The Best J. Lo Songs

Former ‘In Living Color’ Fly Girl Jennifer Lopez debuted on the charts in 1999 with a No. 1 single, and would go on to drop three consecutive multi-platinum albums, each with its own No. 1 single. Her success made her the country’s biggest mainstream ambassador for the Latin community; these are the J. Lo songs.

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Image via Getty/Christopher Polk

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Fox’s legendary sketch comedy show In Living Color introduced the country to Jim Carrey, the Wayans brothers, David Alan Grier, and Tommy Davidson. Ironically enough, though, the show’s most internationally recognized star wouldn’t come from the show’s main cast; she’d first appear on the 1991 third season premiere. After the show’s five-member dance troupe, the Fly Girls, performed their opening routine, Keenan Ivory Wayans welcomed the audience and formally introduced the women. He started with a woman in a tree-green bodysuit and dark red lipstick: “Coming all the way from Bronx, New York, Miss Jennifer Lopez.”

In less than five years, Jennifer Lopez wouldn’t need an introduction. She became a phenomenon whose reign lasted longer than In Living Color’s run (1990-94). Her combination of dancing ability, dulcet vocals, and Golden Globe nomination-worthy acting made her one of the ‘00s most defining stars. Of course, at the center of her legacy is her impressive run as a pop artist. A year after co-starring with George Clooney in the ’90s classic Out of Sight (not to disregard her role in the Selena Quintanilla biopic), Lopez debuted in 1999 with a No. 1 single, “If You Had My Love,” and would go on to drop three consecutive multi-platinum albums, each with a No. 1 single. Her worldwide success and iconic fashion looks made her the country’s biggest de facto mainstream ambassador for the Latin community.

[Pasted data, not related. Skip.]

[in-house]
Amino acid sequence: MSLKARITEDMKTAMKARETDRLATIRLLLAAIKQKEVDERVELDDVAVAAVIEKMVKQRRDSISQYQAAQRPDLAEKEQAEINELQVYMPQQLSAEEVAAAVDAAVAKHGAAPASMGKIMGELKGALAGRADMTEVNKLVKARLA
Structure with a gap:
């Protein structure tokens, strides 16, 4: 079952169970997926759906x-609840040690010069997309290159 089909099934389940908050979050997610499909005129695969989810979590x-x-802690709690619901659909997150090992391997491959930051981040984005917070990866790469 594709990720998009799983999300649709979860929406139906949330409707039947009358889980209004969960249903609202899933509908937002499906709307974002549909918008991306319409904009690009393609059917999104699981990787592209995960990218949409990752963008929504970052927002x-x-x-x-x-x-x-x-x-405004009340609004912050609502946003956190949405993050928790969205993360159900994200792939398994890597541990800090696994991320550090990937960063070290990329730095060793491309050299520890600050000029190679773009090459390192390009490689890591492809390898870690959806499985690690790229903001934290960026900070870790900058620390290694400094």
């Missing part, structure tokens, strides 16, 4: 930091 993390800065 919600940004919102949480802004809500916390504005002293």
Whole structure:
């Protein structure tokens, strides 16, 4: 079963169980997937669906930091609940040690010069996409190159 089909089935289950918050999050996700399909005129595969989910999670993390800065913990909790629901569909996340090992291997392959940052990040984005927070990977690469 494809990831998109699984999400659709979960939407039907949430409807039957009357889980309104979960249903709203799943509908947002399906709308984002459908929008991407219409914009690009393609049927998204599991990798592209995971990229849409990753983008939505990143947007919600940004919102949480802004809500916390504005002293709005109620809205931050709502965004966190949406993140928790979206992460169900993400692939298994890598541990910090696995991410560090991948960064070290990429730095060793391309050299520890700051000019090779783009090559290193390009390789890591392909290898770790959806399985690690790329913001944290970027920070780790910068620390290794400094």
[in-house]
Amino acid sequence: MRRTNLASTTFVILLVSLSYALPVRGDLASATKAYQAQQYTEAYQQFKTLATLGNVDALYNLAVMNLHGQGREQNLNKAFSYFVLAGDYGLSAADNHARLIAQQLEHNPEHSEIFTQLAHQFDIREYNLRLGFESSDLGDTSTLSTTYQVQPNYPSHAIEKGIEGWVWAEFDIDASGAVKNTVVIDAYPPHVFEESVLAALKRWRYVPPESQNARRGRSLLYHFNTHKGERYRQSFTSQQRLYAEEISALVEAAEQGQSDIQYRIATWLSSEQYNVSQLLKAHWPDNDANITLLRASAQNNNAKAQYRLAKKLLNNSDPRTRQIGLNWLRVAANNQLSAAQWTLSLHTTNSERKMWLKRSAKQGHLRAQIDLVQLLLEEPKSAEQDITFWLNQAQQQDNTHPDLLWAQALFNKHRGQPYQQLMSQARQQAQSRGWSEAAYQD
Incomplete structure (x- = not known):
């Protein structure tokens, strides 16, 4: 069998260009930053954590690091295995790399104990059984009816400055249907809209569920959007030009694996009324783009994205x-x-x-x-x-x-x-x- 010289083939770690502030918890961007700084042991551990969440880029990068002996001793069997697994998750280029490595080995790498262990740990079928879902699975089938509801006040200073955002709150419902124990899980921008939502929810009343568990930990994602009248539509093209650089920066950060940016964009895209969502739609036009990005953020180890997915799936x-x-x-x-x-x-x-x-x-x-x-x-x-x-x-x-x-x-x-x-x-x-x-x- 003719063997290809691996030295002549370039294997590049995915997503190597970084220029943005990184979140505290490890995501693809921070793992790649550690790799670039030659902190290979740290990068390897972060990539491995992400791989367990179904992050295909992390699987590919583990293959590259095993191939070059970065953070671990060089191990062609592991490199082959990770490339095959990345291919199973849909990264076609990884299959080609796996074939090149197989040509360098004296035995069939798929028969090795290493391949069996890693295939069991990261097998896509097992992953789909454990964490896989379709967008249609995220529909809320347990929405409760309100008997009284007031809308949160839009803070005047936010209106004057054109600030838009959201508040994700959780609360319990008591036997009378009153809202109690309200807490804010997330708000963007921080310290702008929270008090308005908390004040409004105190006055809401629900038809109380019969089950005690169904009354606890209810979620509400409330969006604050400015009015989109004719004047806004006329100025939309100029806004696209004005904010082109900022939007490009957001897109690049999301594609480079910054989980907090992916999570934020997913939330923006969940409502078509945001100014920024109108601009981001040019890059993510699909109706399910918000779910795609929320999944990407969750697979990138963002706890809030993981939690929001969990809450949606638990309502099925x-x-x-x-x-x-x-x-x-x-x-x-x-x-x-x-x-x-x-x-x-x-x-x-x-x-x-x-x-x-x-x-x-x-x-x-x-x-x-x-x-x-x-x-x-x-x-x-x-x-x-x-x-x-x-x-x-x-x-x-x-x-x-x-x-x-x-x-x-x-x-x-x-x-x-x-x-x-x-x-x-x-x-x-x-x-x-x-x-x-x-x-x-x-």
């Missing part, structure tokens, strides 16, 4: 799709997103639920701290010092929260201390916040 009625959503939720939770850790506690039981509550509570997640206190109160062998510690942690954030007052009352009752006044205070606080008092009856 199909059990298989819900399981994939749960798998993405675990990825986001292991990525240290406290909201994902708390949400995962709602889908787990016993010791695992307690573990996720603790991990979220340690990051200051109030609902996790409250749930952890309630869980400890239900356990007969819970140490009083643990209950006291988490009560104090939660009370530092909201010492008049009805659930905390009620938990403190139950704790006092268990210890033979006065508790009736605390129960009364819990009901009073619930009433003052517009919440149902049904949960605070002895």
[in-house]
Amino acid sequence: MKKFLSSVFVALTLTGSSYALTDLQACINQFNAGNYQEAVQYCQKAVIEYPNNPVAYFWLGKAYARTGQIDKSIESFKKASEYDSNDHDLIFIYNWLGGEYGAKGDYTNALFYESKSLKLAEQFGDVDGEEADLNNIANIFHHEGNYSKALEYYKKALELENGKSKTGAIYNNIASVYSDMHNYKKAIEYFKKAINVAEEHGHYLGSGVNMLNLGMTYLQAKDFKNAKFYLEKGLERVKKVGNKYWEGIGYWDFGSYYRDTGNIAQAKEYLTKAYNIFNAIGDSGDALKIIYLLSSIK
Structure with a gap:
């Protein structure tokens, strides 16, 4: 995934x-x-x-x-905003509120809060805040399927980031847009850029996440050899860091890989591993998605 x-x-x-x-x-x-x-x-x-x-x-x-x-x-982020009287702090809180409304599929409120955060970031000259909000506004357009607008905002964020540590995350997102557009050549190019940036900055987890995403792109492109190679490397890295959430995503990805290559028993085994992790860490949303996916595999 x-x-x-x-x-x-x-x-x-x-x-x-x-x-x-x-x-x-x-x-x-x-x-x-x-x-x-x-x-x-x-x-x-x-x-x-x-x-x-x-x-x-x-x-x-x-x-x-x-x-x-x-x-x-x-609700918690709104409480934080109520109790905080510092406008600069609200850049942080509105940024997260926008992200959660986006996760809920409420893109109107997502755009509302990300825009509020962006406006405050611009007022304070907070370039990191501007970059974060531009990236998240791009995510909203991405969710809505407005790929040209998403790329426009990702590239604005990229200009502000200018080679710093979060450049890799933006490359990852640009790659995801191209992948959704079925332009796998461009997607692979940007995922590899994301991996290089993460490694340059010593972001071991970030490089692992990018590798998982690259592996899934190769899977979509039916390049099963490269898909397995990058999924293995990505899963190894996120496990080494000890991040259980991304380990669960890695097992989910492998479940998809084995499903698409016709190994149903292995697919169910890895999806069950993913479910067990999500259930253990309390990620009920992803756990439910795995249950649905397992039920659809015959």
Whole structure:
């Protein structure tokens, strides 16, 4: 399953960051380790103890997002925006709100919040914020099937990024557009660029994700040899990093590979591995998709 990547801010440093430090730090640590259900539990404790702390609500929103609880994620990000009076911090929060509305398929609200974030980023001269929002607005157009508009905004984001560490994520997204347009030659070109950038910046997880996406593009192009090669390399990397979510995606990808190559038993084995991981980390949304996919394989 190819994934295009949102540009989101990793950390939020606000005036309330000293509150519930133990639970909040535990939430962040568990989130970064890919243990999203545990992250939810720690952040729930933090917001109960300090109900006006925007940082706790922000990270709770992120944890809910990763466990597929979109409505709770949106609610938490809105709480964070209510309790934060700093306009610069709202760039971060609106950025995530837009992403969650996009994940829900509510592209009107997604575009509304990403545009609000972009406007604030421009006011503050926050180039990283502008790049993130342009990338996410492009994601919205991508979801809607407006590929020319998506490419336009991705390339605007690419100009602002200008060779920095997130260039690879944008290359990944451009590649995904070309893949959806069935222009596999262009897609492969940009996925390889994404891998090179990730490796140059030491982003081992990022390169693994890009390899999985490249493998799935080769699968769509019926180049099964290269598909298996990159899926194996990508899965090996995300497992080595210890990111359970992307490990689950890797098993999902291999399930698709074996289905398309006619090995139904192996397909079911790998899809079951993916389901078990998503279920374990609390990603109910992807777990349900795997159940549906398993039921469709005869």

J. Lo’s singles often bent their way into the day’s most popular pop sounds. This may read as trend-hopping, but that’s not the word you’d use for someone whose singles had as much longevity as Lopez’s does—her hits still go off. Revisit her career with our list of the best J. Lo songs, below.

10. “If You Had My Love” (1999)

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Album: On the 6

Producer: Rodney Jerkins

J. Lo’s legacy as one of the greatest pop stars can be largely attributed to “If You Had My Love,” one of ‘90s pop’s best first steps. While it took her perceived rival Mariah Carey, who stood toe-to-toe with her commercially, some time to catch on, Lopez’s debut single was a lightning strike that exuded so much confidence, you forget that it was just that: a debut. The track was the most potent dose of the J. Lo single formula: Grand production that paralleled the ongoing pop trend (that acoustic guitar mirrors TLC’s “No Scrubs”), a vocal performance that manages to be passionate despite its thinness, and a direct hook that burrows itself into your memory within two listens.

“If You Had My Love” was both big for its day—eventually reaching No. 1—and clairvoyant. Its Paul Hunter-directed video features internet users voyeuristically eyeing J. Lo as she performs the single, which is less sci-fi than reality in 2018. As for the song itself, it presented a superstar who’d still remain a major touchstone two decades later.